12. Is my claim contradictory? Citizens and the private sector are coerced into helping other people, thus they do not make the mental decision to do so. Because of this, they may still have the will to work for their own benefit, while factors beyong their control create a social society. You assume that Socialism alters our minds, destroying the human spirit and creativity, however this is not necessarily true.
  13. Let me restate that I do appreciate Ayn Rand's vision of mankind, though the exploitation brought upon by the Capitalist system is worrying. I do not believe that people should produce for the benefit of others, as this serves as a weak incentive for them to work. In fact, it would be best if they have their own personal gain as their motive. Despite a worker's ambition though, the competitive market of a free society would innevitably cause workers to be paid lower wages, because private businesses must maximize profits in order to compete. Because of this, the government should protect workers from this exploitation, so as they can truly enjoy the fruits of their labor, and live the happay and secure lives that they rightfully dserve. The government would do this by heavily taxing the private sector, making the market less competitive, and thus creating a safer working environment.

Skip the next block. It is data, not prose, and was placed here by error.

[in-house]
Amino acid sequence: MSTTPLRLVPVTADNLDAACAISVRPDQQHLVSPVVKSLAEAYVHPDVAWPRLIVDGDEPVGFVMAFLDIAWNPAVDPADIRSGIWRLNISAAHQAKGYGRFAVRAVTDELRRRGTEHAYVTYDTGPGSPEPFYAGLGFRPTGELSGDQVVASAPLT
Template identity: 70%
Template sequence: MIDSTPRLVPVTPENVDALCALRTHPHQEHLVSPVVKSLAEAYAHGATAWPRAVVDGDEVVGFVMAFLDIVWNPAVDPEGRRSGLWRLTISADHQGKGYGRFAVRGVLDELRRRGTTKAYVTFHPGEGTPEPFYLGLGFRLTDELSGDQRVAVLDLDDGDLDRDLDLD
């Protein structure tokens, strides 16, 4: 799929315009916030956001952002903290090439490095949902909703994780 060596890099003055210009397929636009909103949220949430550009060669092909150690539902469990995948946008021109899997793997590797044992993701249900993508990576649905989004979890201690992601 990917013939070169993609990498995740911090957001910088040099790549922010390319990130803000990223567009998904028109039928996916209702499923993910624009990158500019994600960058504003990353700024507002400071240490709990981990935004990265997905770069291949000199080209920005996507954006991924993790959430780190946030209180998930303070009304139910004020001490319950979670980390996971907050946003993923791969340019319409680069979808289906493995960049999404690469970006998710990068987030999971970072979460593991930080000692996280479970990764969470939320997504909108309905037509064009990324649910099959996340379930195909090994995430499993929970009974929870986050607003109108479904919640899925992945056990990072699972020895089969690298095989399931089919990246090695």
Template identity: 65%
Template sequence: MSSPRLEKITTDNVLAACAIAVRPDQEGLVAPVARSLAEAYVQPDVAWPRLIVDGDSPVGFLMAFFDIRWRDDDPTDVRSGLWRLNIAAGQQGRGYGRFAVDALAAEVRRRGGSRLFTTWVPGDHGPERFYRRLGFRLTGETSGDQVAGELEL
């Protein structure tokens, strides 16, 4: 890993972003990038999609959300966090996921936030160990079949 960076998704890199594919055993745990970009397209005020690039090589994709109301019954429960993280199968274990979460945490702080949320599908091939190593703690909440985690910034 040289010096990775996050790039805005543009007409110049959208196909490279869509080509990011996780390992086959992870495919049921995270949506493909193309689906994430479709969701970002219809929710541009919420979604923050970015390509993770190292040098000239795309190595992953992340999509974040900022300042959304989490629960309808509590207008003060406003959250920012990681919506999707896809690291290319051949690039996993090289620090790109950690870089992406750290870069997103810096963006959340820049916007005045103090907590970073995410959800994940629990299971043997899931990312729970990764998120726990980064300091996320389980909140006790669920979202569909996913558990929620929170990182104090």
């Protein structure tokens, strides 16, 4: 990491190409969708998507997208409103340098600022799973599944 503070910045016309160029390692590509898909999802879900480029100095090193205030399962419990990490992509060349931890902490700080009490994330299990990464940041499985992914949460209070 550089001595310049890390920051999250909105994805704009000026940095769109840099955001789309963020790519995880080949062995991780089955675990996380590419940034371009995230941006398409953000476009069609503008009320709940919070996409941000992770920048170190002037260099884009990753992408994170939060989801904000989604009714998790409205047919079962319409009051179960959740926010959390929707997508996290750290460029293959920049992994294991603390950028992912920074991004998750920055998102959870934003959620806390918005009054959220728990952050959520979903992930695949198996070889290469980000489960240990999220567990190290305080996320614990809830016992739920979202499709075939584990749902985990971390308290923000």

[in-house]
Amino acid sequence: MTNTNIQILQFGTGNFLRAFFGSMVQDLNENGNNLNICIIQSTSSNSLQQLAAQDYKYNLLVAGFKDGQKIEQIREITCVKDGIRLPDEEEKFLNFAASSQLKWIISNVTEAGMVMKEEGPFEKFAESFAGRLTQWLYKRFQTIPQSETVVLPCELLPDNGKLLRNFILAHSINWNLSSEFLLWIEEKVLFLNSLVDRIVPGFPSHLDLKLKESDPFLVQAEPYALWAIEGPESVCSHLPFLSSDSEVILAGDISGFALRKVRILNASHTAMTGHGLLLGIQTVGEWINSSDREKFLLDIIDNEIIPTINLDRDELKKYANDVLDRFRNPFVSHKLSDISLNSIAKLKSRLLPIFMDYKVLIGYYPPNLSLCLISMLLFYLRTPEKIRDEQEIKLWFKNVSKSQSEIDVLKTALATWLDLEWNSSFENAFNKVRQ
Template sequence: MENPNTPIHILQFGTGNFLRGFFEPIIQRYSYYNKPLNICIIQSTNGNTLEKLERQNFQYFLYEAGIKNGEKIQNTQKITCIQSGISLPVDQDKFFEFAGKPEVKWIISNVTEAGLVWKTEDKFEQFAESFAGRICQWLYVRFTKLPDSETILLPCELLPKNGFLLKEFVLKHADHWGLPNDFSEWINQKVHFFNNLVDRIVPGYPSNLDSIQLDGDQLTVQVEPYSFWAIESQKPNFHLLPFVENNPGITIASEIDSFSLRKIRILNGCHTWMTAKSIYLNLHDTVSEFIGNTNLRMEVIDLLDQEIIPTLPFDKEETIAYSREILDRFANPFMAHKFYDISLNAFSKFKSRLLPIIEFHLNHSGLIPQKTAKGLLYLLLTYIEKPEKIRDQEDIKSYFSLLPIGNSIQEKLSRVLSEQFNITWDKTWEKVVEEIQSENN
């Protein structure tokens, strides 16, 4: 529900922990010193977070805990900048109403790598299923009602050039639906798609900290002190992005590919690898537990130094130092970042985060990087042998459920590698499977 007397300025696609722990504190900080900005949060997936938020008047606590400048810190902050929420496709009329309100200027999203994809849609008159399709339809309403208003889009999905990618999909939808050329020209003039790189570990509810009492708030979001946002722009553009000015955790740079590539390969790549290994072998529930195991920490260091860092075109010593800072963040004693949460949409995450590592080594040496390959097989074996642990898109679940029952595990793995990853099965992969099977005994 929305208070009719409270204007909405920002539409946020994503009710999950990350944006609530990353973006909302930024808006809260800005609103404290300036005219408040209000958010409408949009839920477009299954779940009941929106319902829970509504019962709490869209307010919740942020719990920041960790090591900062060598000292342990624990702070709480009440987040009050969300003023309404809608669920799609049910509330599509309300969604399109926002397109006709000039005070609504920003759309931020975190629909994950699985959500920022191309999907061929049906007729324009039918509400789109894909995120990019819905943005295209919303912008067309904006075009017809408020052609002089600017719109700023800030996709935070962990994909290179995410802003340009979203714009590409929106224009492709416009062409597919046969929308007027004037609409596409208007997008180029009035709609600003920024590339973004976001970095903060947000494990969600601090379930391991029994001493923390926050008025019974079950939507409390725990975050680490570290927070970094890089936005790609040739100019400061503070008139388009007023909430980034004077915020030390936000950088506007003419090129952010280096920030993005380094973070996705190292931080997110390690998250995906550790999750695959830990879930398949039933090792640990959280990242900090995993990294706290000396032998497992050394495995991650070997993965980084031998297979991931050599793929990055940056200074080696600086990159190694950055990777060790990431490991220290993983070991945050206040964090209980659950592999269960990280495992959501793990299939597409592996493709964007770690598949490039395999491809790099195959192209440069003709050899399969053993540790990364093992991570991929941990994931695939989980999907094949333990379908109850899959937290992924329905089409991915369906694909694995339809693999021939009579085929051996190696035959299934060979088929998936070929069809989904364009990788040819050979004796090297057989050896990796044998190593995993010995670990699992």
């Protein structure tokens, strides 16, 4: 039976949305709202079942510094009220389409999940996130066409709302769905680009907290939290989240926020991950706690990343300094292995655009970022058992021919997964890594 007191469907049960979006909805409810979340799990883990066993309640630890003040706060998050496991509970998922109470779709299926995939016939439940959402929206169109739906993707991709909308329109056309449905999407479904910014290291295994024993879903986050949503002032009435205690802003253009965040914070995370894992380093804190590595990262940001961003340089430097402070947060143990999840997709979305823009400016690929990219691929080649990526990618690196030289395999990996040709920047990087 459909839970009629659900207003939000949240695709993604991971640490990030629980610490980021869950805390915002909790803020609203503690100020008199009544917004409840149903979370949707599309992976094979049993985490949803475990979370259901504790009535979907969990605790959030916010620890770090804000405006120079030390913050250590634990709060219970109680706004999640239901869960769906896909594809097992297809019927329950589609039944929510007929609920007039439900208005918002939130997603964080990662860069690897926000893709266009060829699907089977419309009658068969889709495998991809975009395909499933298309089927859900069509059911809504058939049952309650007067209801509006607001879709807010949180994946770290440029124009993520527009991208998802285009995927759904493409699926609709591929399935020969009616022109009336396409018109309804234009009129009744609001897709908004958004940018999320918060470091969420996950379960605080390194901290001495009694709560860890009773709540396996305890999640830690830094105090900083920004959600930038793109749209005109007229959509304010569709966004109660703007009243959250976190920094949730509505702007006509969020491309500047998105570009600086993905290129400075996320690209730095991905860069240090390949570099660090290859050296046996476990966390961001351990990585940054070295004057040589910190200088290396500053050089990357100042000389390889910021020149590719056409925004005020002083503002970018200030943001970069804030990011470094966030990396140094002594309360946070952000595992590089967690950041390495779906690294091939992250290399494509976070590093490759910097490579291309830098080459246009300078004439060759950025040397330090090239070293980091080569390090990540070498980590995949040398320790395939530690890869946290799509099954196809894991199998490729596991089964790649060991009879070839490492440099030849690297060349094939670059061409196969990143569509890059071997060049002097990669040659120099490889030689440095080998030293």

14. So this is my first post here, and I have some thoughts I would like people to address. First, I should state that despite my political beliefs being at odds with and opposed to the objectivist view, I do have some level of respect for this philosophy. I first discovered Ayn Rand on another forum, where someone mentioned Atlas Shrugged as a critical response to Socialism. This got me curious, and influenced me to read the novel. The ideas presented within the book were both optimistic and inspiring. The central characters of course represent the objectivist view of the ideal human, being one that is productive, virtuous, and rational. Because the characters have such values, they are shown as being morally superior to the other irrational characters of the story. With the government gaining more control over society however, limits are being placed on the extent to which people can produce. Ayn Rand explains that a decline in production would result in society returning to a primitive age, thus destroying progress, and harming humanity. Ultimately, the novel dramically changed my perspective, as I identify a comparison of the events in the story to those of real life. Ayn Rand is naive however, due to many reasons. In Atlas Shrugged, the setting depicted is one where "People's States" are being established throughout the world, being socialist systems. This, she explains, causes people to starve, relying on aid from America (as America is the last productive haven on Earth). It is due to a decline in production that people cannot acquire necessities to survive, thus the basis for her argument is clear. I believe though that even within a Socialist society, there would in fact be enough production for people to be able to sustain themselves. It is only through production that people can be employed, and employment is a requirement within any ideology. If there is any level of production at all it brings innovation, thus any form of employment, regardless of how competitive the market is, creates progress, and therefore prevents us from becoming primitive beings. Ayn Rand also states that people can only produce happily and creatively in an environment where the government excersizes minimal control over the private sector and citizens. Because the conditions in Atlas Shrugged are quite the opposite, workers feel discouraged from working, so they abandon society. Why is it though that workers cannot feel virtuous within a Socialist system? Surely they are producing, supplying a demand and being rewarded. As well, throughout history, workers have only expressed contemt towards their employment situation if the government fails to protect them, not Ayn Rand's proposition of workers being too controlled. What would the Objectivist response be of exploitation caused by Capitalism? So Objectivism seems like an effective personal philosophy to base your life on, encouraging productive work and rationality. As the basis for a political system however, it would merely establish a libertarian society, which in my opinion provides no security.